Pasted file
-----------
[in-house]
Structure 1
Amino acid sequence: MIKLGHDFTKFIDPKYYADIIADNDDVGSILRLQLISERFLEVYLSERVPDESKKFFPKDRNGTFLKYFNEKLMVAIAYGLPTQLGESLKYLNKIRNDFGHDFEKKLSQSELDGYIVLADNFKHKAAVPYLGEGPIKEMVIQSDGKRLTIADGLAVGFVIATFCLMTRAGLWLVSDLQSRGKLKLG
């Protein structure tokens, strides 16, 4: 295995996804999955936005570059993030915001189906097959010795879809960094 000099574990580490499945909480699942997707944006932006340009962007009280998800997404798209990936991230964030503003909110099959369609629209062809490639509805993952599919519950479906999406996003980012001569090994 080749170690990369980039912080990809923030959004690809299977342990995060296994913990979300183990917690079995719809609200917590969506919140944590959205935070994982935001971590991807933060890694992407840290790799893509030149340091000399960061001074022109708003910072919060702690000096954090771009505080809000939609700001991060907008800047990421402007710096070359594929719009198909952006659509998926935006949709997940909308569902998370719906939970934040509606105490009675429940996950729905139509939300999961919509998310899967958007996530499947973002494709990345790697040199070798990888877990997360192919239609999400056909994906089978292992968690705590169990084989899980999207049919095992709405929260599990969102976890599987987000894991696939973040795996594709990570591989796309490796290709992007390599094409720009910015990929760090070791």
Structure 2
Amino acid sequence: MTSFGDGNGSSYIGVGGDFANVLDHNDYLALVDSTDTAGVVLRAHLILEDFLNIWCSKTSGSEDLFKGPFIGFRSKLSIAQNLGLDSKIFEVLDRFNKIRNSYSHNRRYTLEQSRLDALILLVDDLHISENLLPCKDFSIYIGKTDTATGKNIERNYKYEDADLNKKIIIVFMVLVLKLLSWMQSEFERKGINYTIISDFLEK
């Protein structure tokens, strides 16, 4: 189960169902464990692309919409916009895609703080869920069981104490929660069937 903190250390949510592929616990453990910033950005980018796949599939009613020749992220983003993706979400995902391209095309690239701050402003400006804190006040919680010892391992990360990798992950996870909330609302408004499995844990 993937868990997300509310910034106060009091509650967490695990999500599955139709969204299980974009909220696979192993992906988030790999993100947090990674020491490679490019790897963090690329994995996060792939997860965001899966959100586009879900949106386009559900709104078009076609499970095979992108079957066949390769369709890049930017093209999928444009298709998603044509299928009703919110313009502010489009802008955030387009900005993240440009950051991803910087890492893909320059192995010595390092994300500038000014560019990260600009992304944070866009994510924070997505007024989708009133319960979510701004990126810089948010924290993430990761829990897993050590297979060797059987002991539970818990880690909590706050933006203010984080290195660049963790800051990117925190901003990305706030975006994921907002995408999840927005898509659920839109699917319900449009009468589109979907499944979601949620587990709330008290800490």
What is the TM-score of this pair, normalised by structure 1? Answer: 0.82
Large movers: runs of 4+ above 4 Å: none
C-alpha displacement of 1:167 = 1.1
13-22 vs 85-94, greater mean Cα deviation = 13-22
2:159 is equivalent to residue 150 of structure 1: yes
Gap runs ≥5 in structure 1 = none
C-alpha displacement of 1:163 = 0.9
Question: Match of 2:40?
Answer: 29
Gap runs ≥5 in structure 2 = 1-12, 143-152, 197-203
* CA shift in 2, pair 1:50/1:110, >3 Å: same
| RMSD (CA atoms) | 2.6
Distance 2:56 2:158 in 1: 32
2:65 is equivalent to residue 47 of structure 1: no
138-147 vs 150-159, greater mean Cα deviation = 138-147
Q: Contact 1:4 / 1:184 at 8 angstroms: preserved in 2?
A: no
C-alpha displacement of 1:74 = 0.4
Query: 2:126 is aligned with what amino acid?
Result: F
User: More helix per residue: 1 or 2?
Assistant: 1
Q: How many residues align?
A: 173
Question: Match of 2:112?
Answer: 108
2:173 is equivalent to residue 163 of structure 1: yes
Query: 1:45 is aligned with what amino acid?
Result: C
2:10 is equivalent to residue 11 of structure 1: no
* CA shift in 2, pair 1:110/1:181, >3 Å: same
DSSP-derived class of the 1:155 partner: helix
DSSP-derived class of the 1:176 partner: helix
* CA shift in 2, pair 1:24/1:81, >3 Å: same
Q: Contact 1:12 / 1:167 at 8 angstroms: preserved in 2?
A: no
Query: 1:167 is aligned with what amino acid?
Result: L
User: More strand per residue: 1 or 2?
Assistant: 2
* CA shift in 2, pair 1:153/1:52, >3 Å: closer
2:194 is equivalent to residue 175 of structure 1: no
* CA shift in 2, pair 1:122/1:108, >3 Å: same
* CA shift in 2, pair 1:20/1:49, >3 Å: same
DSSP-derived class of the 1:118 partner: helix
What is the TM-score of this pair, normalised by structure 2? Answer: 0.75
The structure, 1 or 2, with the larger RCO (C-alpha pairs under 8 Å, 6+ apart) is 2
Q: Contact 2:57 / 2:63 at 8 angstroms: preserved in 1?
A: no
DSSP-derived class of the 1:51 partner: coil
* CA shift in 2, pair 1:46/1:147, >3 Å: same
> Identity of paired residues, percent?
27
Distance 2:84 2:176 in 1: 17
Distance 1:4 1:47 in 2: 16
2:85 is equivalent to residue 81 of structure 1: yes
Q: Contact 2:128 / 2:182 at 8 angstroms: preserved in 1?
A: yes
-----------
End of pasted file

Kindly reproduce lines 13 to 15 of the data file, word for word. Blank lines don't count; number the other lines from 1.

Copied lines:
Gap runs ≥5 in structure 1 = none
C-alpha displacement of 1:163 = 0.9
Question: Match of 2:40?